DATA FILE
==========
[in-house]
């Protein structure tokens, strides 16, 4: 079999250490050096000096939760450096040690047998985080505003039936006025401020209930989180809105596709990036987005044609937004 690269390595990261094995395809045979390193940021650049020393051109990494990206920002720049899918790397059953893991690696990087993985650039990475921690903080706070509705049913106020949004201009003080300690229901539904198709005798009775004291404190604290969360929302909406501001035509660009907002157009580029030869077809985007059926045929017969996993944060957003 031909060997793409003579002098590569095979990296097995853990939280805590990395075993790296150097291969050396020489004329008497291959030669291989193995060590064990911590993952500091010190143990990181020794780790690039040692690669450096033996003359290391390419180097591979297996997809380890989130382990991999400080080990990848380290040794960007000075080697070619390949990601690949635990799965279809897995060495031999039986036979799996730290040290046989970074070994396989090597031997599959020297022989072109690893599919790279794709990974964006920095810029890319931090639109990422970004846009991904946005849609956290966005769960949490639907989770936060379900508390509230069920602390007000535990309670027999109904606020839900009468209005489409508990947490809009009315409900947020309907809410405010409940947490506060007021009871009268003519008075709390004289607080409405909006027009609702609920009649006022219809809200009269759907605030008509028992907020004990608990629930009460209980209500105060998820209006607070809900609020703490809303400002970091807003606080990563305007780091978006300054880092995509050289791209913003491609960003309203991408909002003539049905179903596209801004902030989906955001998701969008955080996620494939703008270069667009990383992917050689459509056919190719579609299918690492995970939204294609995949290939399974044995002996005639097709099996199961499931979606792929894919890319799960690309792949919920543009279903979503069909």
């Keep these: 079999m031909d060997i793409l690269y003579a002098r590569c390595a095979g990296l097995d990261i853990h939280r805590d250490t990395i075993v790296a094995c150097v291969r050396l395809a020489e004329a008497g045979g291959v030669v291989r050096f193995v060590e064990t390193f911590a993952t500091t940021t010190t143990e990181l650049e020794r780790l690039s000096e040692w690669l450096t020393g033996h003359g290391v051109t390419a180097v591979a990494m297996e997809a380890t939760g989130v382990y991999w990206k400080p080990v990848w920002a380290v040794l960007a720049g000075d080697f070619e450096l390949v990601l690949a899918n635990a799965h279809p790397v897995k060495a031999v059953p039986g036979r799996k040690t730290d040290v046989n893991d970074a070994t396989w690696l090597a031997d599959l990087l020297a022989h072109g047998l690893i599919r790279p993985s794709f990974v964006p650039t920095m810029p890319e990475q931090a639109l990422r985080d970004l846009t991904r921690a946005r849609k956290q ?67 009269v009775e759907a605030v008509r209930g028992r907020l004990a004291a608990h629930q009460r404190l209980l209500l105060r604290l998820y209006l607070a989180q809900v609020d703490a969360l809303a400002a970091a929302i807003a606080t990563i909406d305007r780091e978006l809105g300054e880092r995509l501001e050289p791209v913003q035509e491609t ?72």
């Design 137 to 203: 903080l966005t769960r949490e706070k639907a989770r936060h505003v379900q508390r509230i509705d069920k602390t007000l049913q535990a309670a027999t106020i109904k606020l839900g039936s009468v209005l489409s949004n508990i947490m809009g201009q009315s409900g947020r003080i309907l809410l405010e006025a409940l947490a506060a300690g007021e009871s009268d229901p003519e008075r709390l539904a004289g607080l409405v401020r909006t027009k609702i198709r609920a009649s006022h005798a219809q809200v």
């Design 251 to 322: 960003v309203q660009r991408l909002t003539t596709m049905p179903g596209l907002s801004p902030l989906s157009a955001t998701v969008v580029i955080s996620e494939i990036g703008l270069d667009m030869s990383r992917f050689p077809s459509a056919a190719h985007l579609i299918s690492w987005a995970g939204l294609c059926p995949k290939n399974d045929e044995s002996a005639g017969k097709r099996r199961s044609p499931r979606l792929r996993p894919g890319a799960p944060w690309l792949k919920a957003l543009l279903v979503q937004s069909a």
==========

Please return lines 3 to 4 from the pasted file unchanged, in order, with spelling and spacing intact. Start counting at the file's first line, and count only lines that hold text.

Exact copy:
């Keep these: 079999m031909d060997i793409l690269y003579a002098r590569c390595a095979g990296l097995d990261i853990h939280r805590d250490t990395i075993v790296a094995c150097v291969r050396l395809a020489e004329a008497g045979g291959v030669v291989r050096f193995v060590e064990t390193f911590a993952t500091t940021t010190t143990e990181l650049e020794r780790l690039s000096e040692w690669l450096t020393g033996h003359g290391v051109t390419a180097v591979a990494m297996e997809a380890t939760g989130v382990y991999w990206k400080p080990v990848w920002a380290v040794l960007a720049g000075d080697f070619e450096l390949v990601l690949a899918n635990a799965h279809p790397v897995k060495a031999v059953p039986g036979r799996k040690t730290d040290v046989n893991d970074a070994t396989w690696l090597a031997d599959l990087l020297a022989h072109g047998l690893i599919r790279p993985s794709f990974v964006p650039t920095m810029p890319e990475q931090a639109l990422r985080d970004l846009t991904r921690a946005r849609k956290q ?67 009269v009775e759907a605030v008509r209930g028992r907020l004990a004291a608990h629930q009460r404190l209980l209500l105060r604290l998820y209006l607070a989180q809900v609020d703490a969360l809303a400002a970091a929302i807003a606080t990563i909406d305007r780091e978006l809105g300054e880092r995509l501001e050289p791209v913003q035509e491609t ?72």
């Design 137 to 203: 903080l966005t769960r949490e706070k639907a989770r936060h505003v379900q508390r509230i509705d069920k602390t007000l049913q535990a309670a027999t106020i109904k606020l839900g039936s009468v209005l489409s949004n508990i947490m809009g201009q009315s409900g947020r003080i309907l809410l405010e006025a409940l947490a506060a300690g007021e009871s009268d229901p003519e008075r709390l539904a004289g607080l409405v401020r909006t027009k609702i198709r609920a009649s006022h005798a219809q809200v």